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NEW YORK/LOS ANGELES, Nov 6 (Reuters) - Las Vegas Sands Corp LVS.N shares fell as much as 44 percent on Thursday after the casino operator's auditor said there are doubts about the company's ability to continue as a going concern.
“Their challenge is that they still have financing needs, but at the same time are in danger of violating leverage ratios,” said Nicholas Danna, senior research analyst at Sterne Agee.
Casino stocks have been punished over the past year as a gambling boom in Las Vegas has fizzled, tight credit markets have jeopardized growth plans and the Chinese government has acted to slow down the booming Macau market.
Sands shares, which have fallen from over $122 last December, were down about 32 percent at $7.88 in afternoon trading, above their low for the day of $6.52 and their all-time low of $4.32, posted on Oct. 28.
“The share price painted an ugly picture. Option traders clearly have bankruptcy on their minds,” said Andrew Wilkinson, senior market analyst at Connecticut-based Interactive Brokers Group.
Sands’ decline is a stunning reversal for the ambitious gaming company, which only last year opened the world’s biggest casino in Macau. Its principal stockholder and chief executive is billionaire Sheldon Adelson.
Before this latest sell-off, the stock had nearly tripled due to short-covering in the wake of comments last month that Adelson and his family intended to participate further in raising capital for Sands.
Based on current estimates, Las Vegas Sands expects it will not be in compliance with its maximum leverage ratio covenant for the fourth quarter and subsequent quarters, accounting firm PricewaterhouseCoopers LLP said in a regulatory filing on Thursday.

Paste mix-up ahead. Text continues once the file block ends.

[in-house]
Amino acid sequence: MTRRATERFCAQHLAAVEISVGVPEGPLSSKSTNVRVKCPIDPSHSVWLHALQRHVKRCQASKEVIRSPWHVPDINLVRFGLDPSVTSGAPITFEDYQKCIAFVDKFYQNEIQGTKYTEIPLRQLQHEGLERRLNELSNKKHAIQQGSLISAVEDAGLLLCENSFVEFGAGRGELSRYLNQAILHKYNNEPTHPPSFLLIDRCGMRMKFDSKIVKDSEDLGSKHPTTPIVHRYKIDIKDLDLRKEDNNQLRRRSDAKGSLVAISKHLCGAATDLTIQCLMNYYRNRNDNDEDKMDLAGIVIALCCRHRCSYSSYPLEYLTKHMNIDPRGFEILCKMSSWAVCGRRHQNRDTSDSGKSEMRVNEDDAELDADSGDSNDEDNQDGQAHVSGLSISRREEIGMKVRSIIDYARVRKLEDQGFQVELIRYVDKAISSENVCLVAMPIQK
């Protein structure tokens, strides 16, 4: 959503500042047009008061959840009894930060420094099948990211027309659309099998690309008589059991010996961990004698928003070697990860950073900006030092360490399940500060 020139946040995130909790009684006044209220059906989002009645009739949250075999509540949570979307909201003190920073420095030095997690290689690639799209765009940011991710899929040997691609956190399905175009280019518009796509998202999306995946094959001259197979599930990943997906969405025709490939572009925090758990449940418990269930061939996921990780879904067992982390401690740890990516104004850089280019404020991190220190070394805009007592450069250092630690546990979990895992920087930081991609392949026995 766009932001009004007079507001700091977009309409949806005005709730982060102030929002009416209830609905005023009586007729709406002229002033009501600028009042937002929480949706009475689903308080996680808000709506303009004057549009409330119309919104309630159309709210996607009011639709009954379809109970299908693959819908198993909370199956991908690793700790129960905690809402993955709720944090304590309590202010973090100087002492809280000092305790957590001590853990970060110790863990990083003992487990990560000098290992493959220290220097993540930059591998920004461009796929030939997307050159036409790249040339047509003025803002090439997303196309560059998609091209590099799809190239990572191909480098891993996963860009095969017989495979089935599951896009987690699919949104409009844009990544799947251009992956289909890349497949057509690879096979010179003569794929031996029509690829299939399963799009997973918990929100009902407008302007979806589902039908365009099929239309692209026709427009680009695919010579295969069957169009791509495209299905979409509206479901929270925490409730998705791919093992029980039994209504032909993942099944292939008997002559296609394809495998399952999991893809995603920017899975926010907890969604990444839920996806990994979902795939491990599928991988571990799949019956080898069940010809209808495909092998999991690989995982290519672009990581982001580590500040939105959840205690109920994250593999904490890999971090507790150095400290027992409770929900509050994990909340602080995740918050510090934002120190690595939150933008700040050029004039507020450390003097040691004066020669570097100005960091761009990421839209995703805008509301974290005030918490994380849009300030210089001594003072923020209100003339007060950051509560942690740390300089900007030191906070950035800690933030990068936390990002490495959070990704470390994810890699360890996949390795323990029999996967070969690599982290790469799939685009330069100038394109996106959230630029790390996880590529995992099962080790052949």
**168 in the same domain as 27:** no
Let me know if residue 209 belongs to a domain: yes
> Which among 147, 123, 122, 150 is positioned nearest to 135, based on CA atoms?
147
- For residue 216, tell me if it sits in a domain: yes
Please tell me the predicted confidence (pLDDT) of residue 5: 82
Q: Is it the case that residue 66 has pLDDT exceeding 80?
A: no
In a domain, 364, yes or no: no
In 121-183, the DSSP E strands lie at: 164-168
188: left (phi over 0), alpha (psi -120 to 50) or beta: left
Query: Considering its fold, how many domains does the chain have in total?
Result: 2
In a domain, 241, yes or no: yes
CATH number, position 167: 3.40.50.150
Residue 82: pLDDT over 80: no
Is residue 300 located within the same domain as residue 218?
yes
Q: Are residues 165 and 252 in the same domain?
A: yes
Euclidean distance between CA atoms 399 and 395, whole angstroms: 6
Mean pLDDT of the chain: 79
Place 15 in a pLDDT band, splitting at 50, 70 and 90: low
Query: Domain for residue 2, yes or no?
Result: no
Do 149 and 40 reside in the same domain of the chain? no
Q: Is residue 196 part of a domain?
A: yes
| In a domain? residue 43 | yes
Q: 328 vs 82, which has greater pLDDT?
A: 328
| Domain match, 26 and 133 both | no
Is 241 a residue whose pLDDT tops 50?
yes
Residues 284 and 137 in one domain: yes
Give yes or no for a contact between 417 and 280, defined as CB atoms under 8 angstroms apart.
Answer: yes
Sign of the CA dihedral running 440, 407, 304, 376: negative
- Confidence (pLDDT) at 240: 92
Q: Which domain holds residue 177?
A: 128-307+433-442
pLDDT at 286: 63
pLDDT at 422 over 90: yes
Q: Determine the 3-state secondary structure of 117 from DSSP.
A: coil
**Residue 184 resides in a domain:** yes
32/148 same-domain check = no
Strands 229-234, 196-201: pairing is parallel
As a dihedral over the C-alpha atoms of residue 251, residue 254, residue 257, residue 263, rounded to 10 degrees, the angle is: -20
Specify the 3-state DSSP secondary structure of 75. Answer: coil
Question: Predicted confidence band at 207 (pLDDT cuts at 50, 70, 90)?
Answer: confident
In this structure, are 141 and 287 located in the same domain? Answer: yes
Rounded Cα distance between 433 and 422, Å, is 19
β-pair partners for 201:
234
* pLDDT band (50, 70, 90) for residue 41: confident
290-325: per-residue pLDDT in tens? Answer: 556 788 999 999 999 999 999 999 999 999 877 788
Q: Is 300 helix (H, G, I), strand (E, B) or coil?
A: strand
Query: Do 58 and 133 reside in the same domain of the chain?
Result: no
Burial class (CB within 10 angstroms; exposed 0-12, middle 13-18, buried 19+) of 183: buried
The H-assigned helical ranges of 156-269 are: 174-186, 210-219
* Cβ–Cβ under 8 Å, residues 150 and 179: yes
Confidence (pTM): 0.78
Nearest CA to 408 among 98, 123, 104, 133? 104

Noncompliance would result in defaults, which raises substantial doubt about the company’s ability to continue as a going concern, the filing said.
“No doubt there are serious balance sheet issues here, but we expect Las Vegas Sands to outline plans shortly and see the probability of resolution as high,” Jake Fuller, an analyst at Thomas Weisel Partners, said in a research note.
DROP IN FORTUNE
Las Vegas Sands said it is working with a financial adviser on a capital-raising program, but no assurances can be given that the program will be successful.
The casino operator has also filed a mixed shelf registration with regulators that would allow it to sell securities.
Sagging consumer spending power has hurt business in Las Vegas, where Sands operates the Palazzo and Venetian resorts, as well as the Sands Expo and Convention Center.
The company operates two casinos in Macau, where officials have recently restricted travel from mainland China, and has additional projects underway there as well as in Singapore and Bethlehem, Pennsylvania.
Should Adelson and his family not participate in capital raising for Las Vegas Sands, “the company may have a very difficult time getting the financing completed given its debt load, and the stock could decline significantly,” Morgan Stanley analyst Celeste Mellet Brown said in a research note.
“If he does (or puts in all the capital himself), we think the stock will trade higher, even if a capital raise is dilutive ...,” she said.
Last month, Forbes magazine recalculated the fortunes of some of the 400 wealthiest Americans and said Adelson has been among the billionaires hit hardest by the financial crisis, with his fortune dropping about $4 billion to around $11 billion. (Additional reporting by Doris Frankel in Chicago, editing by Gerald E. McCormick)
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